Philadelphia 76ers

Best Potential Trade Packages, Scenarios and Landing Spots for Evan Turner

Zach BuckleyNational NBA Featured ColumnistFebruary 4, 2014

Best Potential Trade Packages, Scenarios and Landing Spots for Evan Turner

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    Allen Einstein/Getty Images

    If anything has been surprising about how the 2013-14 campaign has played out for Evan Turner and the Philadelphia 76ers, it's the fact this relationship remains intact.

    Neither party entered this season under false pretenses.

    First-year coach Brett Brown said he saw "six NBA players" on his roster in training camp, via Keith Pompey of the Philadelphia Inquirer, but general manager Sam Hinkie didn't go searching for more. For better, or hopefully worse, this is what Brown would have at his disposal.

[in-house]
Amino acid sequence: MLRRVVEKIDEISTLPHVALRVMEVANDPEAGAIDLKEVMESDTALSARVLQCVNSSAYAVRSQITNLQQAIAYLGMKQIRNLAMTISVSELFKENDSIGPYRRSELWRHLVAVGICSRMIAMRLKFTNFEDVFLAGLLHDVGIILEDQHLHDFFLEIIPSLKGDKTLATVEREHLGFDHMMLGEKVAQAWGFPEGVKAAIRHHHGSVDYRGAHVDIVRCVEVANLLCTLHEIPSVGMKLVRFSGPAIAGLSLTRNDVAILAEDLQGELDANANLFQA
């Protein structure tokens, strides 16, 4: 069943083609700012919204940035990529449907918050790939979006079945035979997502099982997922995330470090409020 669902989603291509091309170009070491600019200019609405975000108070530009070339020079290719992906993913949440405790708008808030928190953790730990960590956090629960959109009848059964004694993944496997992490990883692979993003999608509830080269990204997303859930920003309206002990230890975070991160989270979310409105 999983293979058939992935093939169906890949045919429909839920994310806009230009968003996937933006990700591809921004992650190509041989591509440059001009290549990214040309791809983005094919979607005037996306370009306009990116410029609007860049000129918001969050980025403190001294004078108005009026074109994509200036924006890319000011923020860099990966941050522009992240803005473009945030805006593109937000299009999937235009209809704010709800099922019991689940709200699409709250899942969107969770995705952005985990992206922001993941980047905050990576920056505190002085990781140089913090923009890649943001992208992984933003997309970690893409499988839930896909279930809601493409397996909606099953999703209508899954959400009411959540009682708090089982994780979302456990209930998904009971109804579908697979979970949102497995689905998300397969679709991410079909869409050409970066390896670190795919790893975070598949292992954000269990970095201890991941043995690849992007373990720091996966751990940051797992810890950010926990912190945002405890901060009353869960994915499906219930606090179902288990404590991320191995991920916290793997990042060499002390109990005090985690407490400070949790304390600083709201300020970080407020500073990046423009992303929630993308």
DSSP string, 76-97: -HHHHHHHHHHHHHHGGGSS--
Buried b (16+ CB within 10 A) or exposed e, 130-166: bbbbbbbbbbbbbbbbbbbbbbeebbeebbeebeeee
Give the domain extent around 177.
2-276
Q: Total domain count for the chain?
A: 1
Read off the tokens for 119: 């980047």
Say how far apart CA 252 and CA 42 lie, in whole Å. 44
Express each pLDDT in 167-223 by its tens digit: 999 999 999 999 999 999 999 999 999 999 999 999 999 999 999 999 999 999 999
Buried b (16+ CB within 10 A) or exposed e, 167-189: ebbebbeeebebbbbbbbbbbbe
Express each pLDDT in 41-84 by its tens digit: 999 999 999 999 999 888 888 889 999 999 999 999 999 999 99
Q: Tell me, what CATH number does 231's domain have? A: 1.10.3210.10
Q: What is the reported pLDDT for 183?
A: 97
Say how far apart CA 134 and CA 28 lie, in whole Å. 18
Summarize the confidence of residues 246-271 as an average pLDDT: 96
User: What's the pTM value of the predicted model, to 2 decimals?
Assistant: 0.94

Turner was one of those six NBA bodies, but he didn't see himself staying in the picture. Unable to secure a contract extension before the season, the impending restricted free agent has seemingly long envisioned a future outside of Philly.

    "Hinkie is not my GM," Turner said, via Jason Wolf of USA Today. "He doesn't owe me anything. ... We're going in different directions and everything like that."

    Those directions apparently haven't changed. According to Sporting News' Sean Deveney, the Sixers "have been stepping up their efforts" to find Turner a new home before the Feb. 20 trade deadline.

    Philly is reportedly searching for a draft pick in exchange for No. 2 overall selection in 2010. Despite having his best statistical season to date (17.9 points, 6.0 rebounds, 3.8 assists), Tuner's uncertain future lowers his trade value from what those numbers would typically bring in return.

    Still, there's a market for his services, and a number of teams that could improve their situations—as well as Turner's—by cutting him loose from the City of Brotherly Love.